I think it is appropriate.
Yes, it is subjective. But if you read the guidelines for allowable subjective questions, you find it meets the criteria quite well.
- Great subjective questions inspire answers that explain “why” and “how”
This question does not specifically ask for it, but I would not expect anyone who answers it to not give an explanation of why the various points do or do not apply.
- Great subjective questions tend to have long, not short, answers.
The answers to these questions are not walls of text, but the aren't one liners. I think they qualify the question to meet this criteria.
- Great subjective questions have a constructive, fair, and impartial tone.
Not much explanation required here. I don't think anyone is questioning the bias of the question toward any particular answer.
- Great subjective questions invite sharing experiences over opinions.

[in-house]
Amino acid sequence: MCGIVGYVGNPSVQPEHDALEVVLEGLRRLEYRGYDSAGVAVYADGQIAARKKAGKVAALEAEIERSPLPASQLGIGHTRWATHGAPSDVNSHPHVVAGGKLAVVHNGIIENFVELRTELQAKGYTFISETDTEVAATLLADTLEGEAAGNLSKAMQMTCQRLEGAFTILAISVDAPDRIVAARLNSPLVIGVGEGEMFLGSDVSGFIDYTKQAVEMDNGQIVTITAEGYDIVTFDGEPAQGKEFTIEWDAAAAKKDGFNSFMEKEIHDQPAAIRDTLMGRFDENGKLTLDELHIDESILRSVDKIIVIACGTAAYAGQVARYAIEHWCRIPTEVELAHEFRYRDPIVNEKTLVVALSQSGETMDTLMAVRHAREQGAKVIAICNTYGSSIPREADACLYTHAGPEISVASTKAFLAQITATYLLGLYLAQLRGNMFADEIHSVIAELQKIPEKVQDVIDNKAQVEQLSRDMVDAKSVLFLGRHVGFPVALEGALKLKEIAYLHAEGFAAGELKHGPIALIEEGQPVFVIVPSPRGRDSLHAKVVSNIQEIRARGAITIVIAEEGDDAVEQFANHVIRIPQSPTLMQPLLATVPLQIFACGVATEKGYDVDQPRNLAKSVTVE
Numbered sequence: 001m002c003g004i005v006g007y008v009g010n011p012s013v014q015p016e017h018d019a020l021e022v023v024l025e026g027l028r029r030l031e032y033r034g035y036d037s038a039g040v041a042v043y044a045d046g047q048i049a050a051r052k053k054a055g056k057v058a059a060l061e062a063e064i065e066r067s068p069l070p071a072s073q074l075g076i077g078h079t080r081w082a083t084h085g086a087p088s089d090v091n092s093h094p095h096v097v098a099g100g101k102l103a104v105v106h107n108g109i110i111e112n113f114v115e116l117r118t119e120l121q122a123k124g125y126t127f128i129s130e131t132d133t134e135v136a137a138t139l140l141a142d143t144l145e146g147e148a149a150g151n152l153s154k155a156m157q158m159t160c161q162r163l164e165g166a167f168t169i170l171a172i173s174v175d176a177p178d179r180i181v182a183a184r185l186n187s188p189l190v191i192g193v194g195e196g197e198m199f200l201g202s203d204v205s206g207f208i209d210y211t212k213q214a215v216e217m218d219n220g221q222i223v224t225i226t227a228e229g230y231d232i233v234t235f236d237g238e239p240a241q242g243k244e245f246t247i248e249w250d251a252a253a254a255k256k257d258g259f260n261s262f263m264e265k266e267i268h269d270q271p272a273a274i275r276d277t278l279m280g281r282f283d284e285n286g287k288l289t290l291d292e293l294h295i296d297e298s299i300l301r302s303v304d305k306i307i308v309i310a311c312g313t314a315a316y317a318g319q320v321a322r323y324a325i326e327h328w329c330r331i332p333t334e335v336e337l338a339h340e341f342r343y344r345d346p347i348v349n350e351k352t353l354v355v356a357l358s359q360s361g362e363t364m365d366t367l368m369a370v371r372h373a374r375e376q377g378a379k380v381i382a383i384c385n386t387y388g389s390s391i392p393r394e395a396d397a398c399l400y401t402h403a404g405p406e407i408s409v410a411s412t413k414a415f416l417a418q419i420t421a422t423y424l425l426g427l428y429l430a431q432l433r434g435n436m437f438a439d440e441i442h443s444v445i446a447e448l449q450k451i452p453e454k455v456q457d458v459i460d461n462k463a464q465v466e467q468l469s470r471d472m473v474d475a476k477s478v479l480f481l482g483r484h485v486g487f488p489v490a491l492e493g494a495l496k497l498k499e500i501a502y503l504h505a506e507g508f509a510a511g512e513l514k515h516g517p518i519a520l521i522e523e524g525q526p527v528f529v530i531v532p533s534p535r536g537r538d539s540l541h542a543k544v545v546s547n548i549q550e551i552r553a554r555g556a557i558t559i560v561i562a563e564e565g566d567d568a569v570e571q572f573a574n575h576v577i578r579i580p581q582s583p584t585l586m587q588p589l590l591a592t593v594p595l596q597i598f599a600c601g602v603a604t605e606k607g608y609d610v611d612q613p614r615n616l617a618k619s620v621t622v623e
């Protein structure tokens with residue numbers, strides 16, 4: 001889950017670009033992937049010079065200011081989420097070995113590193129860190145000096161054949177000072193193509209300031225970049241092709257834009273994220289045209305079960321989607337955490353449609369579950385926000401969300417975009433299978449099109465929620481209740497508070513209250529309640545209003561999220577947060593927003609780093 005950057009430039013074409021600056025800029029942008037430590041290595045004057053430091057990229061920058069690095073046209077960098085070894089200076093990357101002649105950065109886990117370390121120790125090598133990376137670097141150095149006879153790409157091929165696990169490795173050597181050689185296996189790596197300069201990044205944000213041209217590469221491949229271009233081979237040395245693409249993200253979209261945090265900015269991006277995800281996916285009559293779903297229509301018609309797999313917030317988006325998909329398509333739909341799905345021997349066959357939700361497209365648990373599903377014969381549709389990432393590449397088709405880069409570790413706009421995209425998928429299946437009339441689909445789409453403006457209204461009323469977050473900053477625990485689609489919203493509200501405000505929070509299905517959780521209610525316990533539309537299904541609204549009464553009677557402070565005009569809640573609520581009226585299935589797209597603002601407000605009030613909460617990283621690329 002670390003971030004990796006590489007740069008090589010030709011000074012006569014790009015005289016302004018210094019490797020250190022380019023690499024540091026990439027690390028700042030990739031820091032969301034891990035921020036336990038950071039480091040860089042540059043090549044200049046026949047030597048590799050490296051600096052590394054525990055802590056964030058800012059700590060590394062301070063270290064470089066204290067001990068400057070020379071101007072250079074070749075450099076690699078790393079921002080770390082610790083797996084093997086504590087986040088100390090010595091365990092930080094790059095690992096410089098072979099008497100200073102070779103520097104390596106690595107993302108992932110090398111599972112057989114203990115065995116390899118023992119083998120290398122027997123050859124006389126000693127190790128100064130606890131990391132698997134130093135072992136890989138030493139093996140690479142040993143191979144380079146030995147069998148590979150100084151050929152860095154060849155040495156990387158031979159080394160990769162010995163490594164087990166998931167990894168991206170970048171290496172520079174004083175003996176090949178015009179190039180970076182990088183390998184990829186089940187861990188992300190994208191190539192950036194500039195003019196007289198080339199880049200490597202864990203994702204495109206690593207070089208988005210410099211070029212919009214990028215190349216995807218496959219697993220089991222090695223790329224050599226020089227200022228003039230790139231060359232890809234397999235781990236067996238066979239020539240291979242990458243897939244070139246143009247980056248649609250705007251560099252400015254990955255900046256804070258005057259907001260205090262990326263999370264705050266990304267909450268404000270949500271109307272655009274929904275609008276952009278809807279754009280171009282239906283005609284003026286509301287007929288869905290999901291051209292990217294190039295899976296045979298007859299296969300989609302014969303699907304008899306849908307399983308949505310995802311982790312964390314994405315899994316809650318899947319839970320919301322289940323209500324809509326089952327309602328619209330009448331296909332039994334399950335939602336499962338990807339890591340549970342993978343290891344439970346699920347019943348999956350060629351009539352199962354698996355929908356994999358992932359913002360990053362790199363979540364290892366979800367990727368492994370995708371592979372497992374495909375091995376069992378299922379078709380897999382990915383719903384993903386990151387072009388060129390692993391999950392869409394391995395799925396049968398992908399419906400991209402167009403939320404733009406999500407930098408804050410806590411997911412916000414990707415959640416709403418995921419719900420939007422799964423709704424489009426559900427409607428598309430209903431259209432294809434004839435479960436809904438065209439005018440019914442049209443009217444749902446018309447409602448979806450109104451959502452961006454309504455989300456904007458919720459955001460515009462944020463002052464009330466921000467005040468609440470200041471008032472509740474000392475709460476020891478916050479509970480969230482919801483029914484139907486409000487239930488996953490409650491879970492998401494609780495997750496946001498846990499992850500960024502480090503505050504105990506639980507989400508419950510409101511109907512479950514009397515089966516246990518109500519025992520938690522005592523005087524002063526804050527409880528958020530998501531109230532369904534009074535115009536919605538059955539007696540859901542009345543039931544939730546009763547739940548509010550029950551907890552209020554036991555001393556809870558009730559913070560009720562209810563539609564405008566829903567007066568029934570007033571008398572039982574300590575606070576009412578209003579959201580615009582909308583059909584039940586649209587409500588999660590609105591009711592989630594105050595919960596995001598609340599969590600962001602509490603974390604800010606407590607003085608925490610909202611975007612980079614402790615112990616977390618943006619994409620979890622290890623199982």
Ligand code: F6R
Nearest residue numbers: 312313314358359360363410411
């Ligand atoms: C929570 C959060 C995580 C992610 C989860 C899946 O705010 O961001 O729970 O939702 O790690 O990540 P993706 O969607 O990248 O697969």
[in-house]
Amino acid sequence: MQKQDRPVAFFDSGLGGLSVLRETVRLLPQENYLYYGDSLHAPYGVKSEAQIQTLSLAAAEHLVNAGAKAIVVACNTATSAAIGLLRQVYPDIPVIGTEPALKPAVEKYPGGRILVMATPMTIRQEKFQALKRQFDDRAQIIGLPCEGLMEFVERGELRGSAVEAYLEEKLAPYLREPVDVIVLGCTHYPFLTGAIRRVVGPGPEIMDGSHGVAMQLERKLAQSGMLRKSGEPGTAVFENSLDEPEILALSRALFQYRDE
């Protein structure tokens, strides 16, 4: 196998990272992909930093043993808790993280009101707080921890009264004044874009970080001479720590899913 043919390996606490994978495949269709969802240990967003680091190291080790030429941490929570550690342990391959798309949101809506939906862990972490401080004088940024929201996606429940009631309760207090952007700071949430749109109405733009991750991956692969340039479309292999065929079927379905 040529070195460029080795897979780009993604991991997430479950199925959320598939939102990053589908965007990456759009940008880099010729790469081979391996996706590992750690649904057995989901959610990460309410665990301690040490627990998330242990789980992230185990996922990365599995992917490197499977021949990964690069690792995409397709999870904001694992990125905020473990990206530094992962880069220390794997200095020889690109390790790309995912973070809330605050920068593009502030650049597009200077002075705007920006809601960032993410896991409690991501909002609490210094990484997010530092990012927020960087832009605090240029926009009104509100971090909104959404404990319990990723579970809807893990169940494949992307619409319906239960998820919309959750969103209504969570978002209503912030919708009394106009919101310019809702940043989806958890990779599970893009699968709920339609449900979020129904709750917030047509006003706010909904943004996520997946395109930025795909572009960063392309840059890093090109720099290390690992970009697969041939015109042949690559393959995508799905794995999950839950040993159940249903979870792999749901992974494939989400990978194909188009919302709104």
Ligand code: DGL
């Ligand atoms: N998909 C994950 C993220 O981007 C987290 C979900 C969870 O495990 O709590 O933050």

Again, while not explicit, this question does invite sharing the personal experiences. The fact that it's a list, for some reason, we just naturally break things down by lists. shrug In any event, the answers DID share experience. (Personally I love the Alan Test :-) )
- Great subjective questions insist that opinion be backed up with facts and references.
The question does not make this explicitly clear. However, I feel if the OP would have thought there would been a question on the subjectivity he would have made this clear. Instead, I think by default we expect facts over opinions, or at the very least, expect that opinions are explicitly detailed as such.
- Great subjective questions are more than just mindless social fun.
Finding a job you'll be happy in is most certainly not simply mindless social fun. The intent of the question was to legitimately correlate an accepted list of attributes to one profession to a related profession.
So while I do feel it was subjective, I do not necessarily feel it is "too subjective." While it doesn't in its present form meet all the criteria of the list of great subjective questions, it certainly would be trivial to edit it to do so without changing the intent of the post. Poor subjective questions are typically intentionally subjective. The ones that aren't intentionally subjective usually are easily adaptable to confirm to the subjectivity guidelines.
If it did get voted to close, I would vote to reopen, personally.